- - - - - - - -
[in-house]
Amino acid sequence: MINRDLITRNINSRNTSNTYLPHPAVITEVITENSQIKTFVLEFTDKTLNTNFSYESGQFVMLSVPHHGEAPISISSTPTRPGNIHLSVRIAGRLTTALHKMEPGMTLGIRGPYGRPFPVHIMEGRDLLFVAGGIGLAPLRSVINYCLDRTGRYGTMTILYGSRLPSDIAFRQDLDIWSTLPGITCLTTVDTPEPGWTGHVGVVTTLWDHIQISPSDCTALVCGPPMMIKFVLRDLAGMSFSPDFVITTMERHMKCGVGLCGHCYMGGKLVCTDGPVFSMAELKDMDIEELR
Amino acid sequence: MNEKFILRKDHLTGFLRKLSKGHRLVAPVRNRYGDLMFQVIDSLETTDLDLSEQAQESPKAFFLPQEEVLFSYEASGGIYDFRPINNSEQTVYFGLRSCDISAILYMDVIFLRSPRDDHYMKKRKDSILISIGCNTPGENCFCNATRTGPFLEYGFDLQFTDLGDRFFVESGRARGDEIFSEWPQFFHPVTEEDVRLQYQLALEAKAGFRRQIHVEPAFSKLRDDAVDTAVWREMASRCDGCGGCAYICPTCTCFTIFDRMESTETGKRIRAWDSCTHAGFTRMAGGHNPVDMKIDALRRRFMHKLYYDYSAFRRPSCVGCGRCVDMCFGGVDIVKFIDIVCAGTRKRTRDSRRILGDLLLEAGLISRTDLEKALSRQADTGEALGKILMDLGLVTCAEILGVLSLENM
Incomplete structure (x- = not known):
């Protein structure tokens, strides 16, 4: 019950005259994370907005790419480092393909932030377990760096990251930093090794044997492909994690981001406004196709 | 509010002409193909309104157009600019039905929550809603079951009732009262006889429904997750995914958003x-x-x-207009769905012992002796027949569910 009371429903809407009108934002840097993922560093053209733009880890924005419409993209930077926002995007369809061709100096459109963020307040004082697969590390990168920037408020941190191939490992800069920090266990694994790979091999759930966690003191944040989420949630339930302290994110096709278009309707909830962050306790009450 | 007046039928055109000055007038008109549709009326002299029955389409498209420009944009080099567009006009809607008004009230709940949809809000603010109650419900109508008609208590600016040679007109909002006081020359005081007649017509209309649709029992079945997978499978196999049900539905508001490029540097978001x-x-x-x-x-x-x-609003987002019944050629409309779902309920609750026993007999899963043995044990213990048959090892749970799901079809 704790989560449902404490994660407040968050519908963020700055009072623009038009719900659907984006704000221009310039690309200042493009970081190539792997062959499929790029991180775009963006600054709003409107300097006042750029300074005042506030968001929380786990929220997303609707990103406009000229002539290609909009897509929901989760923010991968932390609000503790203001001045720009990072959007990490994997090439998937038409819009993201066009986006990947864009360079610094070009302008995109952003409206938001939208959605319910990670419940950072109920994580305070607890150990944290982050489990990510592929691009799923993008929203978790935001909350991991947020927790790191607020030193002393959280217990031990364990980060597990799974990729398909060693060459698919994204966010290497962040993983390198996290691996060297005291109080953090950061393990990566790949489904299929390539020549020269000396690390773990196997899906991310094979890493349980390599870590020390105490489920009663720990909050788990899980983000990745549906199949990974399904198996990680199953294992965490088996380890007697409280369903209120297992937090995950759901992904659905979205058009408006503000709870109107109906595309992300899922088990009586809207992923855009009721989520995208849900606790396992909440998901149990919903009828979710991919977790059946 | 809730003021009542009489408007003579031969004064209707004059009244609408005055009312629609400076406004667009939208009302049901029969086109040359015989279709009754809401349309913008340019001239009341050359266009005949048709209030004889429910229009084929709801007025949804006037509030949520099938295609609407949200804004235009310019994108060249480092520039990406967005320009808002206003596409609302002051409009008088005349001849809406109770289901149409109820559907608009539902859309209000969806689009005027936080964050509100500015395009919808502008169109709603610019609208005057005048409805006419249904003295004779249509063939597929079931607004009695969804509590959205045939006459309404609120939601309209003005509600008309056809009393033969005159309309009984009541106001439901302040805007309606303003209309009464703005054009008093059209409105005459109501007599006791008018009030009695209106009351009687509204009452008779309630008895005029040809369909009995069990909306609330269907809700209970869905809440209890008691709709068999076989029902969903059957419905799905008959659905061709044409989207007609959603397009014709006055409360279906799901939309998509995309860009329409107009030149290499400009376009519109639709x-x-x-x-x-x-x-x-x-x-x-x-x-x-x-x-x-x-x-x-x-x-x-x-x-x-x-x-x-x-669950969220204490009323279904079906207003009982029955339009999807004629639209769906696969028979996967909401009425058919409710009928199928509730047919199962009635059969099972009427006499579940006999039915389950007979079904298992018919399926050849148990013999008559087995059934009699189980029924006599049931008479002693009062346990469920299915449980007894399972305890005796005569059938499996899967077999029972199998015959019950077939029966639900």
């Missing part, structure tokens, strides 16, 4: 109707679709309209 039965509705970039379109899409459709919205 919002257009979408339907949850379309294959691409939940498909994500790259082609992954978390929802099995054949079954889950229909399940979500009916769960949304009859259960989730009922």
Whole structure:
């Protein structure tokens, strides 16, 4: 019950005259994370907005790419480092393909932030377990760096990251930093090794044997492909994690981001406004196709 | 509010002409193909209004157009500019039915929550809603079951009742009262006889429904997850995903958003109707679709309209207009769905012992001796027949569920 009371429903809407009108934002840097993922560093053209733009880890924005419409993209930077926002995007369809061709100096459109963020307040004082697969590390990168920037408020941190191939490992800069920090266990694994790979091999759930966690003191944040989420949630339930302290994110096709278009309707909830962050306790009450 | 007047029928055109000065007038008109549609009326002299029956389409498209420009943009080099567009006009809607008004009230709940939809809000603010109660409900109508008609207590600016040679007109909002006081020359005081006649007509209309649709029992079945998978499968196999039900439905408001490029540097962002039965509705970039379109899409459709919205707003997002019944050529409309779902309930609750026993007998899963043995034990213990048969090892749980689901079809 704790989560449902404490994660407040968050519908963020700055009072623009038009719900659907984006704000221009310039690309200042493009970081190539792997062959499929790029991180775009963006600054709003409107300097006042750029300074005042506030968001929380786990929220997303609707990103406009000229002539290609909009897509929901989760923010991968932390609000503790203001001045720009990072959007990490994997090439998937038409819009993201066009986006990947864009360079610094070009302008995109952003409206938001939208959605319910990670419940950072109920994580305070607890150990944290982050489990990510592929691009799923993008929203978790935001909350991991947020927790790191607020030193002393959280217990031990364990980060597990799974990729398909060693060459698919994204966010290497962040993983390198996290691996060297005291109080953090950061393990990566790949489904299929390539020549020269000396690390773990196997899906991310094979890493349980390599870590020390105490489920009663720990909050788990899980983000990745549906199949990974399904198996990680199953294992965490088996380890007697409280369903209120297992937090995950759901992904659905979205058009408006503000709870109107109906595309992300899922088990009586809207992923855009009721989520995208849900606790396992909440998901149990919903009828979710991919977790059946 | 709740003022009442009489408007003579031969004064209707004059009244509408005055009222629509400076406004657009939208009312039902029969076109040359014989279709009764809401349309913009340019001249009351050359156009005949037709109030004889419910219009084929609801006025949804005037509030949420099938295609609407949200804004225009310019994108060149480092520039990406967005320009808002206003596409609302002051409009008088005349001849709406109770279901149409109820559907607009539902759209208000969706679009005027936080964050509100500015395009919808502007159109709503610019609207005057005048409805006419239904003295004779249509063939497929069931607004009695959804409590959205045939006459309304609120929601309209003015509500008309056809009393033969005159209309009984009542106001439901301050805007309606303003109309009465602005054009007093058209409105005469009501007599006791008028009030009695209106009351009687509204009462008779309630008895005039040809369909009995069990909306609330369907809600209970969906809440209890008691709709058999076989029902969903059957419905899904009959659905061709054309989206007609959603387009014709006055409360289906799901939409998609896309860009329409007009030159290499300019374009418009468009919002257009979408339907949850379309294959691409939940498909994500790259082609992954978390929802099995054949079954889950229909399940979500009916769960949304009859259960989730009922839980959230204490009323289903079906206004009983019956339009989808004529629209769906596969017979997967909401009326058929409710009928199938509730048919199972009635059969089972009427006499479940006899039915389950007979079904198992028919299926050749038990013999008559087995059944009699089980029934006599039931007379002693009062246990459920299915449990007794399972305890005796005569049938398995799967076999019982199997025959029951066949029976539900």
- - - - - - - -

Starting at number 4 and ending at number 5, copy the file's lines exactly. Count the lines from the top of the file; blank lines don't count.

Incomplete structure (x- = not known):
């Protein structure tokens, strides 16, 4: 019950005259994370907005790419480092393909932030377990760096990251930093090794044997492909994690981001406004196709 | 509010002409193909309104157009600019039905929550809603079951009732009262006889429904997750995914958003x-x-x-207009769905012992002796027949569910 009371429903809407009108934002840097993922560093053209733009880890924005419409993209930077926002995007369809061709100096459109963020307040004082697969590390990168920037408020941190191939490992800069920090266990694994790979091999759930966690003191944040989420949630339930302290994110096709278009309707909830962050306790009450 | 007046039928055109000055007038008109549709009326002299029955389409498209420009944009080099567009006009809607008004009230709940949809809000603010109650419900109508008609208590600016040679007109909002006081020359005081007649017509209309649709029992079945997978499978196999049900539905508001490029540097978001x-x-x-x-x-x-x-609003987002019944050629409309779902309920609750026993007999899963043995044990213990048959090892749970799901079809 704790989560449902404490994660407040968050519908963020700055009072623009038009719900659907984006704000221009310039690309200042493009970081190539792997062959499929790029991180775009963006600054709003409107300097006042750029300074005042506030968001929380786990929220997303609707990103406009000229002539290609909009897509929901989760923010991968932390609000503790203001001045720009990072959007990490994997090439998937038409819009993201066009986006990947864009360079610094070009302008995109952003409206938001939208959605319910990670419940950072109920994580305070607890150990944290982050489990990510592929691009799923993008929203978790935001909350991991947020927790790191607020030193002393959280217990031990364990980060597990799974990729398909060693060459698919994204966010290497962040993983390198996290691996060297005291109080953090950061393990990566790949489904299929390539020549020269000396690390773990196997899906991310094979890493349980390599870590020390105490489920009663720990909050788990899980983000990745549906199949990974399904198996990680199953294992965490088996380890007697409280369903209120297992937090995950759901992904659905979205058009408006503000709870109107109906595309992300899922088990009586809207992923855009009721989520995208849900606790396992909440998901149990919903009828979710991919977790059946 | 809730003021009542009489408007003579031969004064209707004059009244609408005055009312629609400076406004667009939208009302049901029969086109040359015989279709009754809401349309913008340019001239009341050359266009005949048709209030004889429910229009084929709801007025949804006037509030949520099938295609609407949200804004235009310019994108060249480092520039990406967005320009808002206003596409609302002051409009008088005349001849809406109770289901149409109820559907608009539902859309209000969806689009005027936080964050509100500015395009919808502008169109709603610019609208005057005048409805006419249904003295004779249509063939597929079931607004009695969804509590959205045939006459309404609120939601309209003005509600008309056809009393033969005159309309009984009541106001439901302040805007309606303003209309009464703005054009008093059209409105005459109501007599006791008018009030009695209106009351009687509204009452008779309630008895005029040809369909009995069990909306609330269907809700209970869905809440209890008691709709068999076989029902969903059957419905799905008959659905061709044409989207007609959603397009014709006055409360279906799901939309998509995309860009329409107009030149290499400009376009519109639709x-x-x-x-x-x-x-x-x-x-x-x-x-x-x-x-x-x-x-x-x-x-x-x-x-x-x-x-x-x-669950969220204490009323279904079906207003009982029955339009999807004629639209769906696969028979996967909401009425058919409710009928199928509730047919199962009635059969099972009427006499579940006999039915389950007979079904298992018919399926050849148990013999008559087995059934009699189980029924006599049931008479002693009062346990469920299915449980007894399972305890005796005569059938499996899967077999029972199998015959019950077939029966639900």